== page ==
A four-day-old baby is a brilliant surprise in the deadly Ebola epidemic in Congo, as the country health On Thursday, the ministry called the first child of a mother who cured the virus.
"The baby Sylvana" is in good health and does not have the Ebola virus, said the Ministry of Health. He tweeted a picture of the baby, his little open mouth yawning or screaming, in the arms of his smiling mother.
The baby is the first of this epidemic to be born to a mother who has healed, said the Ministry of Health. This is rare, although babies were born of Ebola survivors during previous epidemics. It was discovered that the mother had the virus last month.
Small Sylvana was born Sunday at an Ebola treatment center in Beni, a city in crisis where rebel attacks have threatened health workers' attempts to contain the epidemic. Community resistance in a distrustful region facing its first Ebola epidemic has also harmed the response to the epidemic, with misunderstandings, vandalism and even attacks against health workers.
This epidemic became the second deadliest in history, with 628 cases, including 580 confirmed. There were 335 confirmed deaths. More than 57,000 people have received an experimental Ebola vaccine while health workers are eager to follow the contacts of confirmed Ebola victims in a densely populated and turbulent region near the border between the United States and the United States. Uganda and Rwanda.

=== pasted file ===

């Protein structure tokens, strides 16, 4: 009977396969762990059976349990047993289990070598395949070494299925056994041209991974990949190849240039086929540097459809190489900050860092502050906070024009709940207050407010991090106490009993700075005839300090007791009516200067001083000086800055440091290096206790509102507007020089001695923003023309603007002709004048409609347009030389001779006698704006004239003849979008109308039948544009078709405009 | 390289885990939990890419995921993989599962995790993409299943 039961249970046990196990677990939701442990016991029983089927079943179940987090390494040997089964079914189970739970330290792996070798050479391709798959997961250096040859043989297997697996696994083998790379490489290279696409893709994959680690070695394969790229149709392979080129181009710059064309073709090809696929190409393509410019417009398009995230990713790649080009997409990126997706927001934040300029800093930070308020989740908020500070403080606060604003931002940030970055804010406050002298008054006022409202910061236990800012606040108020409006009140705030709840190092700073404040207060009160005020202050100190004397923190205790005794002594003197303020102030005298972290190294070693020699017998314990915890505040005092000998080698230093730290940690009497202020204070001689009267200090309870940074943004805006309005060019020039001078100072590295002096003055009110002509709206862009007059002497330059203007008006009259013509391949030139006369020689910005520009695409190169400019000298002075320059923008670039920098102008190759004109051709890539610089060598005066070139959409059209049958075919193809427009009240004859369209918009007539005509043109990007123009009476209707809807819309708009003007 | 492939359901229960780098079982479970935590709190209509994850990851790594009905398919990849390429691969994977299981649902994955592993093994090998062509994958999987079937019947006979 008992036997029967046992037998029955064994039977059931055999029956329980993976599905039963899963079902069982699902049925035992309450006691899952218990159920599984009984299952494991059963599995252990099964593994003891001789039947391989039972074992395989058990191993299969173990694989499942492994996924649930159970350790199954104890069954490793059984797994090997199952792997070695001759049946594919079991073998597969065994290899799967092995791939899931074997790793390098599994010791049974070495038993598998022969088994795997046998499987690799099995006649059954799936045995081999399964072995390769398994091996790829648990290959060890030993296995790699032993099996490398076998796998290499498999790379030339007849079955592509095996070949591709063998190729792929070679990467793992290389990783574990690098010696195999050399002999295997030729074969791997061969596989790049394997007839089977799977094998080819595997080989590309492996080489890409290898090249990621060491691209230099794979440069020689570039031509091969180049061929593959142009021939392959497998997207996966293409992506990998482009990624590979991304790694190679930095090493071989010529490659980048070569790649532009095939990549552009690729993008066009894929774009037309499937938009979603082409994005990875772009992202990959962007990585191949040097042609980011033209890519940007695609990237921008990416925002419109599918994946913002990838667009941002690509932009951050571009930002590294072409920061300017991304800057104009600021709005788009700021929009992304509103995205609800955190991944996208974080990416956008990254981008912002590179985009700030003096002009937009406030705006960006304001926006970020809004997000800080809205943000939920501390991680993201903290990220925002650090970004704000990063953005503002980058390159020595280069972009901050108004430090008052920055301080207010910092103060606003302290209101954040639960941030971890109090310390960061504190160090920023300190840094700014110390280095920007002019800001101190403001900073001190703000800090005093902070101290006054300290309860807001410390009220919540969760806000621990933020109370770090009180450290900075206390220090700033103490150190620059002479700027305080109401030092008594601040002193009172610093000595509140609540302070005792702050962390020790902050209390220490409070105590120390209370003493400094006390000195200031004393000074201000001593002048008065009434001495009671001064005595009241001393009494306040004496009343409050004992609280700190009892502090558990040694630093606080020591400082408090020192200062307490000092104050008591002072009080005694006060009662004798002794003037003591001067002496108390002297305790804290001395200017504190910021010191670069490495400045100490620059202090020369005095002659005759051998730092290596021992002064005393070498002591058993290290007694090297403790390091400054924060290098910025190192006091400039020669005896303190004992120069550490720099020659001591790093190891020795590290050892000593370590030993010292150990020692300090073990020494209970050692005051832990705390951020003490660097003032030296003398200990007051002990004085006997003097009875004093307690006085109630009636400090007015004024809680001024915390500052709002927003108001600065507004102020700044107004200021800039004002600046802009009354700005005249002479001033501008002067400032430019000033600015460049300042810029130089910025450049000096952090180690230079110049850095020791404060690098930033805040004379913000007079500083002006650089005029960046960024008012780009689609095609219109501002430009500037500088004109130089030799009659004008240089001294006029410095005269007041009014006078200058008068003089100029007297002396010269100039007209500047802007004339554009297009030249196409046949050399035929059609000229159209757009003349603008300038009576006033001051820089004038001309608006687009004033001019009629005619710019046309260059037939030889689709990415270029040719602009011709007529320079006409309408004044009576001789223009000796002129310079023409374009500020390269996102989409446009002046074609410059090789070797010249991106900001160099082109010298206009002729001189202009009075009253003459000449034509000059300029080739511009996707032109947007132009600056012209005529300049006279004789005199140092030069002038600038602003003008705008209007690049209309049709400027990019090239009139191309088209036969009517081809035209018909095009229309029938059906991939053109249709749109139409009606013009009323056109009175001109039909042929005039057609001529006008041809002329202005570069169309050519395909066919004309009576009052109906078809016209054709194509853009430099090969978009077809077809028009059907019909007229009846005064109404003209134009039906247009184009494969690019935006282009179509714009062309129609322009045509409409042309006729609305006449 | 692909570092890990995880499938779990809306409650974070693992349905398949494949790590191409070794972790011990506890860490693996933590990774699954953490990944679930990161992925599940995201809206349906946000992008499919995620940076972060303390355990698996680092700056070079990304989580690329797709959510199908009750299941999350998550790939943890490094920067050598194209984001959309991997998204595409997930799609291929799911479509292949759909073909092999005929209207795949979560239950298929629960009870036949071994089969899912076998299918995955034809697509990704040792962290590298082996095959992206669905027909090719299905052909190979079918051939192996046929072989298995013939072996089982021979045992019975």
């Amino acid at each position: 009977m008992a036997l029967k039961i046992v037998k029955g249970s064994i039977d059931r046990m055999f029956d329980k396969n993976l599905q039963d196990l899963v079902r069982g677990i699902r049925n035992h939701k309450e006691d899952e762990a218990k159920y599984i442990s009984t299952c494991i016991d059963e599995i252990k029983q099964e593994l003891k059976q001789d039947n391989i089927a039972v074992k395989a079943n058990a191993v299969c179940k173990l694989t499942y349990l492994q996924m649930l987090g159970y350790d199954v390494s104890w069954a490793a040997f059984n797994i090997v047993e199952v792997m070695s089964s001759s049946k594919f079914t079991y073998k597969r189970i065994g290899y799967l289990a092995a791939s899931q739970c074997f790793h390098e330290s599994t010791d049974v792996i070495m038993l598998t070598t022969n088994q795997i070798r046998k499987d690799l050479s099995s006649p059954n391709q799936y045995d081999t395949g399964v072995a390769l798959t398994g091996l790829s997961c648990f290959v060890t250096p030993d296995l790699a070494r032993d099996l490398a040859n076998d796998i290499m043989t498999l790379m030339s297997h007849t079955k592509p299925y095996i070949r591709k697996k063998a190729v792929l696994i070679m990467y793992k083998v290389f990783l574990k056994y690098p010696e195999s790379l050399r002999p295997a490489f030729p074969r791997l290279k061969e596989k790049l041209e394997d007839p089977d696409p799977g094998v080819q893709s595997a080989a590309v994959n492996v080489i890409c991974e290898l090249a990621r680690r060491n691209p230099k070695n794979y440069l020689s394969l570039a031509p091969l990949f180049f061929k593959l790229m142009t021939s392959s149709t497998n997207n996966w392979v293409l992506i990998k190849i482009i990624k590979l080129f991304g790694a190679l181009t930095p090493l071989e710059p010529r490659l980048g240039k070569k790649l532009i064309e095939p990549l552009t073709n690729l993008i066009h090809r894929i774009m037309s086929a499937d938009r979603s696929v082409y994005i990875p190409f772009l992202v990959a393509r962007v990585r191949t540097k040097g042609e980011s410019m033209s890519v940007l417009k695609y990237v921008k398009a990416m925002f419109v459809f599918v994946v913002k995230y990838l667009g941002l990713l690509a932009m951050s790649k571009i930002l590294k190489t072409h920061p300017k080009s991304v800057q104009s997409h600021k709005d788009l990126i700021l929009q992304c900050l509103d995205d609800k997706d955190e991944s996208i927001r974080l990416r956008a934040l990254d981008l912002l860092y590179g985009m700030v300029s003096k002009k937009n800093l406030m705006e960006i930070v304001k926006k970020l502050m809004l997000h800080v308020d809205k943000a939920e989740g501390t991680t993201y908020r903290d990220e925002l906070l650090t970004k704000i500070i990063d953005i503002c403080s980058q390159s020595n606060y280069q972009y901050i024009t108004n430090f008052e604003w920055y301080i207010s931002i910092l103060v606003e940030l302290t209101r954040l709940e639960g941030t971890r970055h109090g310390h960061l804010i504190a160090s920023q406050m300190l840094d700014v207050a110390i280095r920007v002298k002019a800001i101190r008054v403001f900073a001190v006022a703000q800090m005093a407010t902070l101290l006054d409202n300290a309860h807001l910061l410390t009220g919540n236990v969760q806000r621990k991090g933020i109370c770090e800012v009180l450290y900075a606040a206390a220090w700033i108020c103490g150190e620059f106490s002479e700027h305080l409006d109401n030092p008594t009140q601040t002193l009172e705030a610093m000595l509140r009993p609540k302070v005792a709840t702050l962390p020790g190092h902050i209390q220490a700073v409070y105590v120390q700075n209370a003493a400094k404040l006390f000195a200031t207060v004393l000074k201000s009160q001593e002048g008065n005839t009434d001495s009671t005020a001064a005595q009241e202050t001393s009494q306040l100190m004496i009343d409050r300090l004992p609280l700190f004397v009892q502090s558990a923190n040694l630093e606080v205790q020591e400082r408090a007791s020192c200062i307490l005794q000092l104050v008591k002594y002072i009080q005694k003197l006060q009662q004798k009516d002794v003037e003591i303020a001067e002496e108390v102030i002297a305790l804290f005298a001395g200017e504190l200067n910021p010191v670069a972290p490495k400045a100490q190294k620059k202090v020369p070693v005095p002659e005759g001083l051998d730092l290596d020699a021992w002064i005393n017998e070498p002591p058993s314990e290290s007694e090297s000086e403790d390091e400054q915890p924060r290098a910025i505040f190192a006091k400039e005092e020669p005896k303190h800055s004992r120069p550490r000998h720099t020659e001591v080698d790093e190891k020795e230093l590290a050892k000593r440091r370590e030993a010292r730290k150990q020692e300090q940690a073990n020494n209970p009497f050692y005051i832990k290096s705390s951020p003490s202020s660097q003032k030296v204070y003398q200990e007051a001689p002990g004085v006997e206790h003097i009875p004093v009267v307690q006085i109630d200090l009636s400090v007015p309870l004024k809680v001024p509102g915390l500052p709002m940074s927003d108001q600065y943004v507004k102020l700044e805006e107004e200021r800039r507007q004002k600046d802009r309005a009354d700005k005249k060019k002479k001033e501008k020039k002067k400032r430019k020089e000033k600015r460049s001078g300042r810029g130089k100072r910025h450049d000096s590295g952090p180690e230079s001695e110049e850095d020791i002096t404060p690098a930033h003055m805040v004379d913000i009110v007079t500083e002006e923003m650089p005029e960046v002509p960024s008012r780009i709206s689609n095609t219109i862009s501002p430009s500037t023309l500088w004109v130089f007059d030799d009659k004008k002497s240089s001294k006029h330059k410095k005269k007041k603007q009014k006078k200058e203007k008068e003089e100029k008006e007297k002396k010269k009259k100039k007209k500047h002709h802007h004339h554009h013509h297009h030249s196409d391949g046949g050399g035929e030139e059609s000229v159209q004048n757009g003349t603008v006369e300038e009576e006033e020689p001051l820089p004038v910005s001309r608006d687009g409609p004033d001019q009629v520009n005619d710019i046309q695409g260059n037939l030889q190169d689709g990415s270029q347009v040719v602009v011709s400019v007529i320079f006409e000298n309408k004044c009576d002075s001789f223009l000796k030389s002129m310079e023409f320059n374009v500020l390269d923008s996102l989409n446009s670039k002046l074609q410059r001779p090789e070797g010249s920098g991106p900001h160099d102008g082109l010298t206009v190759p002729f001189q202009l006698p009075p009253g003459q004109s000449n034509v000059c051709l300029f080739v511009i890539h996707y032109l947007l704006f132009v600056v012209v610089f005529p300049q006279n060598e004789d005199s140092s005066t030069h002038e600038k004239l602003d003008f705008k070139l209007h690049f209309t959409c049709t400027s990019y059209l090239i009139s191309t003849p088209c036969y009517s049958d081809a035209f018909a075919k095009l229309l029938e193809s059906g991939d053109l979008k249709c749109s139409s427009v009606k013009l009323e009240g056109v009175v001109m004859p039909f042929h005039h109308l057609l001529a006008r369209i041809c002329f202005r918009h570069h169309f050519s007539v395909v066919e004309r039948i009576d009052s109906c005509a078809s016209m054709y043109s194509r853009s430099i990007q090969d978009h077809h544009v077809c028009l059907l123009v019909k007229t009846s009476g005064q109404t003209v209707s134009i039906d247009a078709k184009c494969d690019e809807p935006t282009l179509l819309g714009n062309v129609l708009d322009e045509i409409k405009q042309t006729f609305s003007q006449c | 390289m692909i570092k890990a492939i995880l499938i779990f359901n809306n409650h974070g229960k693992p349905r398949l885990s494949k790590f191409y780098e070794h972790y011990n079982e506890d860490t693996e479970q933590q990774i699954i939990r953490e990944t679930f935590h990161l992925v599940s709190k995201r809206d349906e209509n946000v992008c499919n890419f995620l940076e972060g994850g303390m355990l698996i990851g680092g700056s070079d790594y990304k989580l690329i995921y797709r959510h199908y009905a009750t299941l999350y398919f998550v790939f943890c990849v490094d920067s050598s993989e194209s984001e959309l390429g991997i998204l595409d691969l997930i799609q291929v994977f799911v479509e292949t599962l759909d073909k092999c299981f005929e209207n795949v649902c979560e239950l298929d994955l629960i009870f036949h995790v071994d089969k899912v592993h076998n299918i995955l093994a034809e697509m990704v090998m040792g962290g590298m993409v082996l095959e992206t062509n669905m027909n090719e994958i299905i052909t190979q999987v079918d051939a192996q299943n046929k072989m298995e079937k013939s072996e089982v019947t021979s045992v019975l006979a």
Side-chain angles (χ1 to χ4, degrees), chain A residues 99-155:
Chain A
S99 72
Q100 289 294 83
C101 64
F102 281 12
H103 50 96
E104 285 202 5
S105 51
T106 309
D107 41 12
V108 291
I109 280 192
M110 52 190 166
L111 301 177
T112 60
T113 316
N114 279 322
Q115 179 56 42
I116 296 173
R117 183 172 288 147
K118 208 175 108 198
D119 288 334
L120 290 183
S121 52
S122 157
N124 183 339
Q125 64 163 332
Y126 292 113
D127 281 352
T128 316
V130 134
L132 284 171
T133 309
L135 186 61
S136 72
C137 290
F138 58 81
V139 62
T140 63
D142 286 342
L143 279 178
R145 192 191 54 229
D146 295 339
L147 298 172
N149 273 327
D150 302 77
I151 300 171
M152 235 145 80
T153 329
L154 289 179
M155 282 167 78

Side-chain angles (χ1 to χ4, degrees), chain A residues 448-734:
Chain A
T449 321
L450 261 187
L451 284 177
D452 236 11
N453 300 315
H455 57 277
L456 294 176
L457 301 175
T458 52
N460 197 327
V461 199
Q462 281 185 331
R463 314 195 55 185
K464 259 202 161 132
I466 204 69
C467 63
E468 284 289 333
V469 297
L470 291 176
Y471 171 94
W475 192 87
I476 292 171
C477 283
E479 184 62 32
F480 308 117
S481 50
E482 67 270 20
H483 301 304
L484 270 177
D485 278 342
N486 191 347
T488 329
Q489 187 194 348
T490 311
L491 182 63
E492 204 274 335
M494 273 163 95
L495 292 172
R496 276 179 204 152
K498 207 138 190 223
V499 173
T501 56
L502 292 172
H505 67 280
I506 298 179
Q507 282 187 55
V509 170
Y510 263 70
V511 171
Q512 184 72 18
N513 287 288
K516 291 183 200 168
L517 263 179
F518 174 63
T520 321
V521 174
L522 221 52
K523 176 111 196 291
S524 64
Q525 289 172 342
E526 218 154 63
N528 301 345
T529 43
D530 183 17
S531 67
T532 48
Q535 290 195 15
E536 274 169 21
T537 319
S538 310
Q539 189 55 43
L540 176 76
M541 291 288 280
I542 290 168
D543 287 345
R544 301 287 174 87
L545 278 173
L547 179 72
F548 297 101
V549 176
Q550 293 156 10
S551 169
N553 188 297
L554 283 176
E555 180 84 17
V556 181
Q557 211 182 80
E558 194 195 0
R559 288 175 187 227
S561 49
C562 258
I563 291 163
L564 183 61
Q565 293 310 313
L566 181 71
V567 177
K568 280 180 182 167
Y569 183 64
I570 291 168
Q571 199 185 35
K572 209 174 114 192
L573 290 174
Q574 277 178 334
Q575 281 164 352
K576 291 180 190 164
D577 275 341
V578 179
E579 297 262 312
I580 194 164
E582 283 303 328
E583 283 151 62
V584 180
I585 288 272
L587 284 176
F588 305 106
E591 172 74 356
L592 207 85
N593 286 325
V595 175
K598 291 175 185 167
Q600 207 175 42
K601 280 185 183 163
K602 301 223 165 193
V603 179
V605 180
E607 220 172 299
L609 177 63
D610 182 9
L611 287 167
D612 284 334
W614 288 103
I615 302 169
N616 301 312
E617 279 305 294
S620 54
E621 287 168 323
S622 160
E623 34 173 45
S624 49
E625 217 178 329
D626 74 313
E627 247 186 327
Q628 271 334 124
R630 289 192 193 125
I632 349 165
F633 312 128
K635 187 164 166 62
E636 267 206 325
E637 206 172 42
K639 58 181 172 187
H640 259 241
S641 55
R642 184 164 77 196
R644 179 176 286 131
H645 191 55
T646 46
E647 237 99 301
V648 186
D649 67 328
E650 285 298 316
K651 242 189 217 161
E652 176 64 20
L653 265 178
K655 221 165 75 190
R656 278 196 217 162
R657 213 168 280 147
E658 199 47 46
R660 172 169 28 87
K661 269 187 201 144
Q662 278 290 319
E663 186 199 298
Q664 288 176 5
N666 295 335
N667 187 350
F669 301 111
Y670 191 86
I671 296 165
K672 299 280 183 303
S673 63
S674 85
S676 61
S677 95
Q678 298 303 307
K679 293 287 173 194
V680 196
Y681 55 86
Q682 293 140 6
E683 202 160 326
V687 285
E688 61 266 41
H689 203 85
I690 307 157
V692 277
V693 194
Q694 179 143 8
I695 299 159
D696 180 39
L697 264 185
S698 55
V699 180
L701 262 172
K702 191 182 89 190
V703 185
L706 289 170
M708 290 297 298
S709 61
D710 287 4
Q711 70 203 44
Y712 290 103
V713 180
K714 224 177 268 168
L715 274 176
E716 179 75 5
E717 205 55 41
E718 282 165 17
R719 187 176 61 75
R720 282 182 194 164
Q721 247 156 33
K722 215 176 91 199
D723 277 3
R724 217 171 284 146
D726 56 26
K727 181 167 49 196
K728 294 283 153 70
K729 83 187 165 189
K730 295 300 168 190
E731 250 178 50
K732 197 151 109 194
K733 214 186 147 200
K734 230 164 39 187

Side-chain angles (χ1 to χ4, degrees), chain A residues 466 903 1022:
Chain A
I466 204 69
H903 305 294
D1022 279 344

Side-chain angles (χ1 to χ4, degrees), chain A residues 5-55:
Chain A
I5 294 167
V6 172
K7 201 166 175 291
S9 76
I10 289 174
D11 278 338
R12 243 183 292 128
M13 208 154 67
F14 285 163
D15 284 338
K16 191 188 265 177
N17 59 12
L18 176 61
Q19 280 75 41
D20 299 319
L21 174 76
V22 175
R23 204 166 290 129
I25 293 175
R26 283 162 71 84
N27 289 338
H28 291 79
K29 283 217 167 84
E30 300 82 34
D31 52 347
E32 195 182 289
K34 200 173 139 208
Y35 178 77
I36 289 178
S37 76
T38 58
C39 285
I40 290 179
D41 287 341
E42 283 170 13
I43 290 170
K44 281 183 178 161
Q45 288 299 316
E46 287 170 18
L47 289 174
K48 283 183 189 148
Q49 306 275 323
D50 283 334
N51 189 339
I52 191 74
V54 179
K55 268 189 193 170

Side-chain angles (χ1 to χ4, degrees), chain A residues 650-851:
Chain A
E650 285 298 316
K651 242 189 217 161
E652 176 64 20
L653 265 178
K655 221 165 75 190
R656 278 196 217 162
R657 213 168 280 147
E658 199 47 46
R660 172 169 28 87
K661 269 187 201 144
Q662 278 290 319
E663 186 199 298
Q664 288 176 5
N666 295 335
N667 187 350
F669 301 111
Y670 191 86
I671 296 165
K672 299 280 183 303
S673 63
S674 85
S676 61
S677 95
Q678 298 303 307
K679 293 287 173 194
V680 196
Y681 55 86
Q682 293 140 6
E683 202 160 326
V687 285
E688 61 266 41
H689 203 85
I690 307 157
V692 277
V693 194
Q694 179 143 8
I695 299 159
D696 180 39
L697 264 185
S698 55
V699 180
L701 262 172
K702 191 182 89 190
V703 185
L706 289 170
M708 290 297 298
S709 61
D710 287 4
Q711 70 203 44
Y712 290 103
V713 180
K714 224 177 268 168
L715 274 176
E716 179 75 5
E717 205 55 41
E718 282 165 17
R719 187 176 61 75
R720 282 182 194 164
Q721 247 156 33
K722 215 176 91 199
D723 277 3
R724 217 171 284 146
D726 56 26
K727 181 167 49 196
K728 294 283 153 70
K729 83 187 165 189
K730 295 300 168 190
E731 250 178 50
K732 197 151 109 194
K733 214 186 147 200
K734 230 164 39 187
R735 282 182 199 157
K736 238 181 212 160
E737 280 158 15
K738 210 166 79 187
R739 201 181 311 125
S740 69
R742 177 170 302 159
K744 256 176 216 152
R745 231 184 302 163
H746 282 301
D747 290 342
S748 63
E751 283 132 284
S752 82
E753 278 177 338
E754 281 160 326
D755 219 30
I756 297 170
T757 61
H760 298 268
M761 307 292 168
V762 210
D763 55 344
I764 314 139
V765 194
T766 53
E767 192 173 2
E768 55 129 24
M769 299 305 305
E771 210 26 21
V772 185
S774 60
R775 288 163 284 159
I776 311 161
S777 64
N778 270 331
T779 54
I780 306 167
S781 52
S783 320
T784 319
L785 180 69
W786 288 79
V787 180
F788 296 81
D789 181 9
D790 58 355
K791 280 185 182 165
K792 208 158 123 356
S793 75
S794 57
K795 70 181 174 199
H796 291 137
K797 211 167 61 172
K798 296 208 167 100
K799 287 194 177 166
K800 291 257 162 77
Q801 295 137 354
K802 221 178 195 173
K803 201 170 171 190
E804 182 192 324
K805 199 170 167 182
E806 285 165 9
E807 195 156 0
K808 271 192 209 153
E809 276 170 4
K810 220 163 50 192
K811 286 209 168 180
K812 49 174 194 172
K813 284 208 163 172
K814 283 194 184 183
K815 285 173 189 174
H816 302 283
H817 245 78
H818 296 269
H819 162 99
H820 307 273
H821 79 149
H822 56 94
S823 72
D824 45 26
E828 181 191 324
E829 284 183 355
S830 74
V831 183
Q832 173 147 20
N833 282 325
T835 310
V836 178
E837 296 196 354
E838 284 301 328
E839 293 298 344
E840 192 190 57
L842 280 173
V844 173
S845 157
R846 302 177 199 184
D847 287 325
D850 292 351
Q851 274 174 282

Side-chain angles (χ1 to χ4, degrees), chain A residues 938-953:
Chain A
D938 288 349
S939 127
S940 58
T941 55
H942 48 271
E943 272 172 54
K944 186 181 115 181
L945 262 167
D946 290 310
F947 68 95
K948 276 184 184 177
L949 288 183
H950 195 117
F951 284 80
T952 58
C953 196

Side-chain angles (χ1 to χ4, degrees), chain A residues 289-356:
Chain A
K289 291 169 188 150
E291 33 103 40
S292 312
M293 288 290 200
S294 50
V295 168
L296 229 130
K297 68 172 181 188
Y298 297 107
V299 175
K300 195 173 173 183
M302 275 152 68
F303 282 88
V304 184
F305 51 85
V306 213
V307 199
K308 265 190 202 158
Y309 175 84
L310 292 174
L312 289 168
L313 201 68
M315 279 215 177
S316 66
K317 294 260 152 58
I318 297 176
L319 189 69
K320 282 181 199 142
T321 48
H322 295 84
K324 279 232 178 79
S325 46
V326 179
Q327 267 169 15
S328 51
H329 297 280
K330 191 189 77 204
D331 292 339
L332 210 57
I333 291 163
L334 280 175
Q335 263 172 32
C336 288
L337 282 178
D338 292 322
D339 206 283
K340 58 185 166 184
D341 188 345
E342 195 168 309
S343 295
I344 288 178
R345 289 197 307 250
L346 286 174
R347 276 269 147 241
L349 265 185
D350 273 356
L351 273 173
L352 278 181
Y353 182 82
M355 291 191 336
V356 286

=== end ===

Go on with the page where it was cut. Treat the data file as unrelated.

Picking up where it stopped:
In the middle of the challenges, the Congo Ministry of Health tried to highlight the successes. Last month, he announced that a baby admitted to an Ebola treatment center, just six days after birth, was cured of the virus. The ministry called baby Benedicte, whose mother had Ebola and died in childbirth, the youngest survivor of the epidemic.
Experts have reported a disturbing number of children with Ebola in this epidemic. Children account for more than a third of cases, UNICEF said last month. One in 10 cases of Ebola is in a child under 5, and children who develop hemorrhagic fever have a higher risk of death than adults.
In addition, hundreds of children became orphans during this epidemic.
Historically, few cases of Ebola in babies have been reported, but experts suspect possible transmission through breast milk or close contact with infected parents. The Ebola virus is usually transmitted by infected body fluids.
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